The press described it as “the greatest feat of endurance of all time.” Henry F. Sullivan had become the first American, and only the third person ever, to swim across the English Channel. His feat established the world’s endurance record and the world’s breast stroke record, and earned him a stunning silver trophy.
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This monumental George V sterling silver trophy made by Elkington & Co. is an intriguing relic of the golden age of achievement, adventure, and historic firsts. Known as “The Alexander Channel Cup,” it is a stunning piece of silversmithing that measures over three feet in height — only 2 feet shorter than me. The trophy was presented to Massachusetts native Henry F. Sullivan in 1923 as a prize for becoming the first American to swim the English Channel.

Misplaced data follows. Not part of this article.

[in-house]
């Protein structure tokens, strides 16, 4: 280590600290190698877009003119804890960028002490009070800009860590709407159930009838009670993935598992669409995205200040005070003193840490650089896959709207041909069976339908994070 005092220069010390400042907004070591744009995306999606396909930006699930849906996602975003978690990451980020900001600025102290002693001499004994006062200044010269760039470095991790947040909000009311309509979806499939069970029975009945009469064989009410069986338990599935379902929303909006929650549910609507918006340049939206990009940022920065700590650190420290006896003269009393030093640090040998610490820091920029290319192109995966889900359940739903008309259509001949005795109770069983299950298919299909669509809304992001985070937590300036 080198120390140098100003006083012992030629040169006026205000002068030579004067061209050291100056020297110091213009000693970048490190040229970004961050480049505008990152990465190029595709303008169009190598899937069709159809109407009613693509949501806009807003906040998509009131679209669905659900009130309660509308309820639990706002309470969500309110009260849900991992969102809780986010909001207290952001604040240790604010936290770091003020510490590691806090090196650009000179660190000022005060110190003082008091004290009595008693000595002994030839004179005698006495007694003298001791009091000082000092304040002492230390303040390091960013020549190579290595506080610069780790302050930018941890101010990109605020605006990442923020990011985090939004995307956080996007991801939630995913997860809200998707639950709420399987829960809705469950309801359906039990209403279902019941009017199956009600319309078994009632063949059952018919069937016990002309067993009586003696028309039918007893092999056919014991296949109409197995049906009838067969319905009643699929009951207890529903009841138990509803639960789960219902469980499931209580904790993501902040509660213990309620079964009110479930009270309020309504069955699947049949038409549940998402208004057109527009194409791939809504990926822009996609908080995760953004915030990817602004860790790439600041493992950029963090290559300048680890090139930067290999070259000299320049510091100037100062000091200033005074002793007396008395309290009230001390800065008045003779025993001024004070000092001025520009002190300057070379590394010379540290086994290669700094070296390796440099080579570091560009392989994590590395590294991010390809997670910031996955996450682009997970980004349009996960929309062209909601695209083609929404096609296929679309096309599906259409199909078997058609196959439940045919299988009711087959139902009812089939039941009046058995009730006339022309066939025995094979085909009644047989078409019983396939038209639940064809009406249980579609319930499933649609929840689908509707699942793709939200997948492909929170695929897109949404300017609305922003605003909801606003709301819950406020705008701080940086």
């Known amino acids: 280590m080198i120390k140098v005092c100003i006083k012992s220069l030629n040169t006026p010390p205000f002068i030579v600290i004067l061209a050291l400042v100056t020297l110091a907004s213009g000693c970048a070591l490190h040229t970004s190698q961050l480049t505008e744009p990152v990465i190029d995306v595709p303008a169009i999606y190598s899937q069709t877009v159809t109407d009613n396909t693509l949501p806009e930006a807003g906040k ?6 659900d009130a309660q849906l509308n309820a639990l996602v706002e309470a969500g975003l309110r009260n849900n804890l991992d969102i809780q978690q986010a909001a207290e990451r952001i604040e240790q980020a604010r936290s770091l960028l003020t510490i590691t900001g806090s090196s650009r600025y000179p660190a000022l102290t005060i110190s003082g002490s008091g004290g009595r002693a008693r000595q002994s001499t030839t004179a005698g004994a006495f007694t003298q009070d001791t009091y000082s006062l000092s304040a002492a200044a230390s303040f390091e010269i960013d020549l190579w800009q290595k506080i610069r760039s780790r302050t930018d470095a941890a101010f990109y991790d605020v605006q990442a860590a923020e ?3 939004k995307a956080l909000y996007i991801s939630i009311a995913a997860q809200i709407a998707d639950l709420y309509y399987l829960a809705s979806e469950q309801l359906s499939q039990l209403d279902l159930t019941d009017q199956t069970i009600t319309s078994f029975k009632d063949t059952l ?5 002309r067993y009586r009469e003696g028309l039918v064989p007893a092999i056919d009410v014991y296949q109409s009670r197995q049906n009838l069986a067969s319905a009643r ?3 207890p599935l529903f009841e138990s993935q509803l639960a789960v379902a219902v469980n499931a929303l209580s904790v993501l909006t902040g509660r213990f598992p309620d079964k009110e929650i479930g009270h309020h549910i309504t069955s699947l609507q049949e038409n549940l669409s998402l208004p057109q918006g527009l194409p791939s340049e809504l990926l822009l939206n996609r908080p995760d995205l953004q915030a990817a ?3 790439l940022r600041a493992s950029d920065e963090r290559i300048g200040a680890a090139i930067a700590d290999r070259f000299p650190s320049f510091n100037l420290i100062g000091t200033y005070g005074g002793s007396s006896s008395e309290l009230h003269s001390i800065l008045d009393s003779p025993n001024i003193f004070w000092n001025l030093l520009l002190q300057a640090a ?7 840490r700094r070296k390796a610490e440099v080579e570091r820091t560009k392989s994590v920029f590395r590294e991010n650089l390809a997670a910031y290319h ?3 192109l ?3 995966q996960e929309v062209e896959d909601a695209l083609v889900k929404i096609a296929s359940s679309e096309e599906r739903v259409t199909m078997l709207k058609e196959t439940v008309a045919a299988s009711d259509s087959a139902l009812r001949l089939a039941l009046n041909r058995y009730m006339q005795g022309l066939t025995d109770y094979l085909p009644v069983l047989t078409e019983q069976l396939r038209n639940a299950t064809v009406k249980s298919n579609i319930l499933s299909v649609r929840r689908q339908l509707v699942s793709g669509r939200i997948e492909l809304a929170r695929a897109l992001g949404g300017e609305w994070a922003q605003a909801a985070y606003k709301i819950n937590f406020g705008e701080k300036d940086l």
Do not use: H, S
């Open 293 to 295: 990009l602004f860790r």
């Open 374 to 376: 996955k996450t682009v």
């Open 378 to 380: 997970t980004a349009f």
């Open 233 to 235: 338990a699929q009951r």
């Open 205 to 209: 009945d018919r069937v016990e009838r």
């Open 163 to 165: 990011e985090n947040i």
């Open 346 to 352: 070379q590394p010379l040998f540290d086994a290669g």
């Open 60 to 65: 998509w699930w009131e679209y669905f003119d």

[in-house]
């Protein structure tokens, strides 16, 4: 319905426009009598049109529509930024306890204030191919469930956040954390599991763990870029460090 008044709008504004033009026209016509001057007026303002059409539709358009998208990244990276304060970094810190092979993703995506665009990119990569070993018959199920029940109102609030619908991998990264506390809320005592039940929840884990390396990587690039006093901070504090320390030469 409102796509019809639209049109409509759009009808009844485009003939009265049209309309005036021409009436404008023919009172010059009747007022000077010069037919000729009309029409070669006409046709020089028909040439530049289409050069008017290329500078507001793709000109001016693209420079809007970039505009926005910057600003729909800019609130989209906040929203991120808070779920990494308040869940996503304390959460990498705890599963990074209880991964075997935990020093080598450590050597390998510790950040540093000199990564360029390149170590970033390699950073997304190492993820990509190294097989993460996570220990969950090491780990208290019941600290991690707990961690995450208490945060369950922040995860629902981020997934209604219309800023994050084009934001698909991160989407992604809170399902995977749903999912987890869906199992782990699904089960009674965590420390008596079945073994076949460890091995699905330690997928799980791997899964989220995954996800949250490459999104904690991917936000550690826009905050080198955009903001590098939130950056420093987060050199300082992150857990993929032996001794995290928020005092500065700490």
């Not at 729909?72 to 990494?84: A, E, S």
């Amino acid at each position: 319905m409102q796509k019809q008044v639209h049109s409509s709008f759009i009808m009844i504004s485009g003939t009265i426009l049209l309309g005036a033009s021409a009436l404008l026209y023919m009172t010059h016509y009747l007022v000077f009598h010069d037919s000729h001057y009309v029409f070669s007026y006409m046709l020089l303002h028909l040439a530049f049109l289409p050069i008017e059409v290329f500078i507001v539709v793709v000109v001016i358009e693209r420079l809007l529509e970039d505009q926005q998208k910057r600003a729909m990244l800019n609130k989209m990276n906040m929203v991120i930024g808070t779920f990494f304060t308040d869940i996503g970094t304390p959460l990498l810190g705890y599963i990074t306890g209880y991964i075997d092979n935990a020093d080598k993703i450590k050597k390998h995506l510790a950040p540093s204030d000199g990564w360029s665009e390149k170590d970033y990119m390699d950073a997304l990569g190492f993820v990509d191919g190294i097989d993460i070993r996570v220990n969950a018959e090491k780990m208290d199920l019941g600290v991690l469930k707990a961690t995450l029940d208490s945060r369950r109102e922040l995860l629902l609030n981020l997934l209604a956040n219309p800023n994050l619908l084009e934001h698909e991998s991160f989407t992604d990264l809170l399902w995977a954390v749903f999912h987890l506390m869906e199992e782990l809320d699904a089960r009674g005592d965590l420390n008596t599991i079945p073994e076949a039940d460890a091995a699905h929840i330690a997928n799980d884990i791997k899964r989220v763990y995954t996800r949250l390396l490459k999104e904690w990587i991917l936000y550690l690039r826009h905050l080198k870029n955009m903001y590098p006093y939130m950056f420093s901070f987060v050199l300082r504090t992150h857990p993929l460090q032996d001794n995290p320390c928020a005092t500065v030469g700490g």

Printed news notices are called “broadsides” by collectors. In a way, a broadside can be considered an antique form of a tweet, a blog, or an email newsletter: it was intended to spread the word about something to the widest audience possible, in as expedient a manner possible. Broadsides were also intended to be printed quickly and efficiently, in order to keep news as fresh as possible.
My dad, a Korean War vet, uses the very father-like expression “freedom isn’t free.” It often gets boiled down to a sound bite, but it’s absolutely true. The freedoms we enjoy every day in this country all came with a price—turmoil, sweat, tears, and blood.